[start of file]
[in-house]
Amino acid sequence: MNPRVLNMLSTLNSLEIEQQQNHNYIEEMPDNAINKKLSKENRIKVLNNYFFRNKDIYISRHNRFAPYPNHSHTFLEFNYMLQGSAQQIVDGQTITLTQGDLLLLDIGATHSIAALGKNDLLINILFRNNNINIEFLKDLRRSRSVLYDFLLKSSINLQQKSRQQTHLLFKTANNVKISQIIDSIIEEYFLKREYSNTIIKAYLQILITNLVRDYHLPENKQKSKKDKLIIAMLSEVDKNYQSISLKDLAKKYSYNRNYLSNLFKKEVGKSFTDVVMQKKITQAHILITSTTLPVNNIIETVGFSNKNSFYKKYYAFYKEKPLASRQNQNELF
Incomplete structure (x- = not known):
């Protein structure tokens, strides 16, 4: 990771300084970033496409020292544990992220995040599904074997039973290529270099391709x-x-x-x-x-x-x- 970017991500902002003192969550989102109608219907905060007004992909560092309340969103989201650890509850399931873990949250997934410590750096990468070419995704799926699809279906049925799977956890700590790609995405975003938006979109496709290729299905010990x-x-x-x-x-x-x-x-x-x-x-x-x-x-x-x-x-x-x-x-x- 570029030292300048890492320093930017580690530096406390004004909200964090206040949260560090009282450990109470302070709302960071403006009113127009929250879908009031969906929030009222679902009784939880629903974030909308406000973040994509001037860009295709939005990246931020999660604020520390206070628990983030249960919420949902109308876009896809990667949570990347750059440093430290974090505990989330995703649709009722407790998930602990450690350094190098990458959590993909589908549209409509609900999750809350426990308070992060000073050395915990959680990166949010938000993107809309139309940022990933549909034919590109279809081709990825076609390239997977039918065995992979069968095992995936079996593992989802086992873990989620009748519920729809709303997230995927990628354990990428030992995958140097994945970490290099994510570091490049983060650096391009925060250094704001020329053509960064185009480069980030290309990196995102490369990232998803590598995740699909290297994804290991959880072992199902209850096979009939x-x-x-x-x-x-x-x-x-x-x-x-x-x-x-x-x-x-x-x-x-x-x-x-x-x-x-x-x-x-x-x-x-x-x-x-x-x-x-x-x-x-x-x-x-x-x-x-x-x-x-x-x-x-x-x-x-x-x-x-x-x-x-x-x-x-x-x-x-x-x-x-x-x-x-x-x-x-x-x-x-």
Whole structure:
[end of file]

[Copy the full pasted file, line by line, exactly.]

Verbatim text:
[in-house]
Amino acid sequence: MNPRVLNMLSTLNSLEIEQQQNHNYIEEMPDNAINKKLSKENRIKVLNNYFFRNKDIYISRHNRFAPYPNHSHTFLEFNYMLQGSAQQIVDGQTITLTQGDLLLLDIGATHSIAALGKNDLLINILFRNNNINIEFLKDLRRSRSVLYDFLLKSSINLQQKSRQQTHLLFKTANNVKISQIIDSIIEEYFLKREYSNTIIKAYLQILITNLVRDYHLPENKQKSKKDKLIIAMLSEVDKNYQSISLKDLAKKYSYNRNYLSNLFKKEVGKSFTDVVMQKKITQAHILITSTTLPVNNIIETVGFSNKNSFYKKYYAFYKEKPLASRQNQNELF
Incomplete structure (x- = not known):
């Protein structure tokens, strides 16, 4: 990771300084970033496409020292544990992220995040599904074997039973290529270099391709x-x-x-x-x-x-x- 970017991500902002003192969550989102109608219907905060007004992909560092309340969103989201650890509850399931873990949250997934410590750096990468070419995704799926699809279906049925799977956890700590790609995405975003938006979109496709290729299905010990x-x-x-x-x-x-x-x-x-x-x-x-x-x-x-x-x-x-x-x-x- 570029030292300048890492320093930017580690530096406390004004909200964090206040949260560090009282450990109470302070709302960071403006009113127009929250879908009031969906929030009222679902009784939880629903974030909308406000973040994509001037860009295709939005990246931020999660604020520390206070628990983030249960919420949902109308876009896809990667949570990347750059440093430290974090505990989330995703649709009722407790998930602990450690350094190098990458959590993909589908549209409509609900999750809350426990308070992060000073050395915990959680990166949010938000993107809309139309940022990933549909034919590109279809081709990825076609390239997977039918065995992979069968095992995936079996593992989802086992873990989620009748519920729809709303997230995927990628354990990428030992995958140097994945970490290099994510570091490049983060650096391009925060250094704001020329053509960064185009480069980030290309990196995102490369990232998803590598995740699909290297994804290991959880072992199902209850096979009939x-x-x-x-x-x-x-x-x-x-x-x-x-x-x-x-x-x-x-x-x-x-x-x-x-x-x-x-x-x-x-x-x-x-x-x-x-x-x-x-x-x-x-x-x-x-x-x-x-x-x-x-x-x-x-x-x-x-x-x-x-x-x-x-x-x-x-x-x-x-x-x-x-x-x-x-x-x-x-x-x-």
Whole structure: